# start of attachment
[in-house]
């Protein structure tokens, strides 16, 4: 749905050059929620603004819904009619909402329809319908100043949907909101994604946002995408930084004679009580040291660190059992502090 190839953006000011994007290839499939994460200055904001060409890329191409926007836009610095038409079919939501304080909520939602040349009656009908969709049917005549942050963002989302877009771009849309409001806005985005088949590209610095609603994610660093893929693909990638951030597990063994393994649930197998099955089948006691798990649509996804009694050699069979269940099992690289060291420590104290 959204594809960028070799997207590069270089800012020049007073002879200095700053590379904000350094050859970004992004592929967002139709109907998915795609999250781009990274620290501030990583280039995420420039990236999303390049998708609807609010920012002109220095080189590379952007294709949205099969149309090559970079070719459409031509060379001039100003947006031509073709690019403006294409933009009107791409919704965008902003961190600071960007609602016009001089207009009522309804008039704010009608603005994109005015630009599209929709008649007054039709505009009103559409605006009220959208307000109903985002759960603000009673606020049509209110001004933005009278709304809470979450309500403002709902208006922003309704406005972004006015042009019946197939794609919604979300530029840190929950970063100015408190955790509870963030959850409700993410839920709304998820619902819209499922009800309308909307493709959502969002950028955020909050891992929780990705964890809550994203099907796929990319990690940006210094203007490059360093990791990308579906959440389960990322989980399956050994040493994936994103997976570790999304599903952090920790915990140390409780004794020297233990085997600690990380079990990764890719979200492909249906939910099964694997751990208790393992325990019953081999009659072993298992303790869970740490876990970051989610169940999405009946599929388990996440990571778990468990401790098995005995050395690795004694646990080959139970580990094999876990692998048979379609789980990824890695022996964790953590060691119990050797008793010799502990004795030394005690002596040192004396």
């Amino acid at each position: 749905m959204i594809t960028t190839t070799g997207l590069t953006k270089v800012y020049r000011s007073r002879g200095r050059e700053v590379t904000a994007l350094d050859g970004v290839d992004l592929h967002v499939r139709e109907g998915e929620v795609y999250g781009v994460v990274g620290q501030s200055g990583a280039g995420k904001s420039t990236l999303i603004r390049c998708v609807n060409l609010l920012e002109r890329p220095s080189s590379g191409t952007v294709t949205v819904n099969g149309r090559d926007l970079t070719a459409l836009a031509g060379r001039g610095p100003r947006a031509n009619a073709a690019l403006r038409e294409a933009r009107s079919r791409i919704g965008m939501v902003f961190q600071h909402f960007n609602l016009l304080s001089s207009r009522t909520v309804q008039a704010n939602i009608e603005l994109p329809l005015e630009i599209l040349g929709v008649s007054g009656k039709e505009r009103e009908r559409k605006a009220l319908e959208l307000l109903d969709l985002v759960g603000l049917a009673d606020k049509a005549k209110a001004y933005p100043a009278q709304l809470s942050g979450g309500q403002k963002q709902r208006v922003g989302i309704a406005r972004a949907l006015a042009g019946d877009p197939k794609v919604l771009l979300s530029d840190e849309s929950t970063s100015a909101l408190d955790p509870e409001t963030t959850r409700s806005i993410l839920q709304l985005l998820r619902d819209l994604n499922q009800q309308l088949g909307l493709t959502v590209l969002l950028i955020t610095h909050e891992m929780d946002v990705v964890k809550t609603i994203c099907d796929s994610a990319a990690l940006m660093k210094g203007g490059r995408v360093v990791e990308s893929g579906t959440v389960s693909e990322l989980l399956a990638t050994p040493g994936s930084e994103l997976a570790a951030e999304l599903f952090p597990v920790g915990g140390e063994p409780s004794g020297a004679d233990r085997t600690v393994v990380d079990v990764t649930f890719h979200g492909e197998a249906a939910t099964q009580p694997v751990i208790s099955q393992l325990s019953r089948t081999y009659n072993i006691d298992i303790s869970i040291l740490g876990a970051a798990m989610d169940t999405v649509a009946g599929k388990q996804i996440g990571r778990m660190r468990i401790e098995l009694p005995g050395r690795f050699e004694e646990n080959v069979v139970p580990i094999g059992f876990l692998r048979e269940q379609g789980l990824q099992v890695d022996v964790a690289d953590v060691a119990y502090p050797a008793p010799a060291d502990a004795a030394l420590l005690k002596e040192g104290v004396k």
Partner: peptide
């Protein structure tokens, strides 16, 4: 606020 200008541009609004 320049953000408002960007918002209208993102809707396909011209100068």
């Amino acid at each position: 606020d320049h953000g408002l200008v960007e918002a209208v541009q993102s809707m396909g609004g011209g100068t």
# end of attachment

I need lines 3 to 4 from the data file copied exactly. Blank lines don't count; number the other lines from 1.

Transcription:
């Amino acid at each position: 749905m959204i594809t960028t190839t070799g997207l590069t953006k270089v800012y020049r000011s007073r002879g200095r050059e700053v590379t904000a994007l350094d050859g970004v290839d992004l592929h967002v499939r139709e109907g998915e929620v795609y999250g781009v994460v990274g620290q501030s200055g990583a280039g995420k904001s420039t990236l999303i603004r390049c998708v609807n060409l609010l920012e002109r890329p220095s080189s590379g191409t952007v294709t949205v819904n099969g149309r090559d926007l970079t070719a459409l836009a031509g060379r001039g610095p100003r947006a031509n009619a073709a690019l403006r038409e294409a933009r009107s079919r791409i919704g965008m939501v902003f961190q600071h909402f960007n609602l016009l304080s001089s207009r009522t909520v309804q008039a704010n939602i009608e603005l994109p329809l005015e630009i599209l040349g929709v008649s007054g009656k039709e505009r009103e009908r559409k605006a009220l319908e959208l307000l109903d969709l985002v759960g603000l049917a009673d606020k049509a005549k209110a001004y933005p100043a009278q709304l809470s942050g979450g309500q403002k963002q709902r208006v922003g989302i309704a406005r972004a949907l006015a042009g019946d877009p197939k794609v919604l771009l979300s530029d840190e849309s929950t970063s100015a909101l408190d955790p509870e409001t963030t959850r409700s806005i993410l839920q709304l985005l998820r619902d819209l994604n499922q009800q309308l088949g909307l493709t959502v590209l969002l950028i955020t610095h909050e891992m929780d946002v990705v964890k809550t609603i994203c099907d796929s994610a990319a990690l940006m660093k210094g203007g490059r995408v360093v990791e990308s893929g579906t959440v389960s693909e990322l989980l399956a990638t050994p040493g994936s930084e994103l997976a570790a951030e999304l599903f952090p597990v920790g915990g140390e063994p409780s004794g020297a004679d233990r085997t600690v393994v990380d079990v990764t649930f890719h979200g492909e197998a249906a939910t099964q009580p694997v751990i208790s099955q393992l325990s019953r089948t081999y009659n072993i006691d298992i303790s869970i040291l740490g876990a970051a798990m989610d169940t999405v649509a009946g599929k388990q996804i996440g990571r778990m660190r468990i401790e098995l009694p005995g050395r690795f050699e004694e646990n080959v069979v139970p580990i094999g059992f876990l692998r048979e269940q379609g789980l990824q099992v890695d022996v964790a690289d953590v060691a119990y502090p050797a008793p010799a060291d502990a004795a030394l420590l005690k002596e040192g104290v004396k």
Partner: peptide